Value Add vs turn key or light cosmetic rehab

10 Replies

There are positives and negatives of both systems

Value Add

Positives:

1. Cheaper acquisition price

2. Greater ability to force appreciation.

3. You get to pick the maintenance that you do, and you know what major mechanicals issues if any could go wrong or have been fixed.

4. It gives you less risk or error because you know exactly what issues you have from rehabbing the place.

5. You get to pick your own tenants.

Negatives:

1. It takes longer to get your money back.

2. Rehabs can get costly.

3. If you are a beginning investor the process can be overwhelming.

Turn-Key or light cosmetic rehab:

Positives

1. Faster return on your money (tenants already in place or can get tenants quicker because of light or no rehab)

2. Easier for the part-time or out of state investor.

3. A good way to get started in real estate, to learn the ropes.

Negatives:

1. Less room to force value.

2. Unknown things that could be wrong.

3. Do not get to pick out your own tenants.


Everyone else feel free to chime out add, take out comment, want to see what other people have to say about this.

Originally posted by @Quentin Mitchell :

There are positives and negatives of both systems

Value Add

Positives:

1. Cheaper acquisition price

2. Greater ability to force appreciation.

3. You get to pick the maintenance that you do, and you know what major mechanicals issues if any could go wrong or have been fixed.

4. It gives you less risk or error because you know exactly what issues you have from rehabbing the place.

5. You get to pick your own tenants.

Negatives:

1. It takes longer to get your money back.

2. Rehabs can get costly.

3. If you are a beginning investor the process can be overwhelming.

Turn-Key or light cosmetic rehab:

Positives

1. Faster return on your money (tenants already in place or can get tenants quicker because of light or no rehab)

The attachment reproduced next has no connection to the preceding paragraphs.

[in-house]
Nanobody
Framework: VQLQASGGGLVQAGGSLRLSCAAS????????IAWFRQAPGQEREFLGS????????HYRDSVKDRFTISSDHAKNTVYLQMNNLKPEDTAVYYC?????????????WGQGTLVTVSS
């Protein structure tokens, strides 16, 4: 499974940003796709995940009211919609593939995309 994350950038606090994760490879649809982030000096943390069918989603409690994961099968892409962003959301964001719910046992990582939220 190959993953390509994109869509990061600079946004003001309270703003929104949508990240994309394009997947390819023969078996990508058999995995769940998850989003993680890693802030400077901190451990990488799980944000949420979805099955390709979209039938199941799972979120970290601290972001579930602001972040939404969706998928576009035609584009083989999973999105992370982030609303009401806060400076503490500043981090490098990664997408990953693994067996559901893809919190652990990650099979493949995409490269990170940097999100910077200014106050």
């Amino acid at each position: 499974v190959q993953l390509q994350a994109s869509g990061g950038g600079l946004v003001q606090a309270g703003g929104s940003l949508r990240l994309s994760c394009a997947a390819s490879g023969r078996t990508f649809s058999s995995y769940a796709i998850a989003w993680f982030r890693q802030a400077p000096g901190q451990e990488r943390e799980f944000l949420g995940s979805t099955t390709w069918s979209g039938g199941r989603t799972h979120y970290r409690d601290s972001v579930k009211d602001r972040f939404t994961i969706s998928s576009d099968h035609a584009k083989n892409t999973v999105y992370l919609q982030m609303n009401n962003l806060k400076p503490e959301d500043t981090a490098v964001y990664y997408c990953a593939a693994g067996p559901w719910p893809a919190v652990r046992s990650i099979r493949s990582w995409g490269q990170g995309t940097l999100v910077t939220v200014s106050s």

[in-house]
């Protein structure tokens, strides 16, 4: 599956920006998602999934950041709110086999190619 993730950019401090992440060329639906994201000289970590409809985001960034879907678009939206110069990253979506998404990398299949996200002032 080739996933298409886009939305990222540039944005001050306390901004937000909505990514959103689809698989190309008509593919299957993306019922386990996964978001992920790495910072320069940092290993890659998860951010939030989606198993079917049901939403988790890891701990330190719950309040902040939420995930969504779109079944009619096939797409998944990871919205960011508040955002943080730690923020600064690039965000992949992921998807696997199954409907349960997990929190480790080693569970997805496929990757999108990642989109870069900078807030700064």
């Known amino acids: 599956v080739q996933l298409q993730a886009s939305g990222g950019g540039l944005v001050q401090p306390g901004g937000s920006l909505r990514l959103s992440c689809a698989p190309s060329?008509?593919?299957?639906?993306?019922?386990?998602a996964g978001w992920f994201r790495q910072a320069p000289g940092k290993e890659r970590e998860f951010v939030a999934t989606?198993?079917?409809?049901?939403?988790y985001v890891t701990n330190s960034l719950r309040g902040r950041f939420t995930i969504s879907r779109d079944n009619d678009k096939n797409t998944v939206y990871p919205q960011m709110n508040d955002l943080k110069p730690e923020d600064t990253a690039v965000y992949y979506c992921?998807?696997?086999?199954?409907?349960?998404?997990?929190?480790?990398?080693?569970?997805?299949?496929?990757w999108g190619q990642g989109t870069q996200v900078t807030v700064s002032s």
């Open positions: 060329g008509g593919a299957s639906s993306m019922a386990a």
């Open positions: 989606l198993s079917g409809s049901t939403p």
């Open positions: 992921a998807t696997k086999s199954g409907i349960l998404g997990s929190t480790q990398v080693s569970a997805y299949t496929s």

2. Easier for the part-time or out of state investor.

3. A good way to get started in real estate, to learn the ropes.

Negatives:

1. Less room to force value.

2. Unknown things that could be wrong.

3. Do not get to pick out your own tenants.

Everyone else feel free to chime out add, take out comment, want to see what other people have to say about this.

Hmmm, I don't see any numbers. The only way I make an informed decision is to know the numbers, something like this:

Average Turnkey Cash Flow Per Door In Phoenix Metro Area No Bank Financing Needed

https://www.biggerpockets.com/forums/600/topics/584916-average-cash-flow-per-door-in-phoenix-metro-area

 

I think that it ultimately depends on your preferred lifestyle.

If you have extra time and can do a lot of the renovation work yourself then I would recommend house hacking or the brrrr method. (depending on your market) However, if you work a lot and don't have the extra time to be a project manager I would recommend turnkey. Basically... TIME = MONEY! I would always recommend someone to choose the option that will add value to their personal situation.

 Either way, you are getting starting investing in real estate!

Originally posted by @Mike M. :
Originally posted by @Quentin Mitchell:

There are positives and negatives of both systems

Value Add

Positives:

1. Cheaper acquisition price

2. Greater ability to force appreciation.

3. You get to pick the maintenance that you do, and you know what major mechanicals issues if any could go wrong or have been fixed.

4. It gives you less risk or error because you know exactly what issues you have from rehabbing the place.

5. You get to pick your own tenants.

Negatives:

1. It takes longer to get your money back.

2. Rehabs can get costly.

3. If you are a beginning investor the process can be overwhelming.

Turn-Key or light cosmetic rehab:

Positives

1. Faster return on your money (tenants already in place or can get tenants quicker because of light or no rehab)

2. Easier for the part-time or out of state investor.

3. A good way to get started in real estate, to learn the ropes.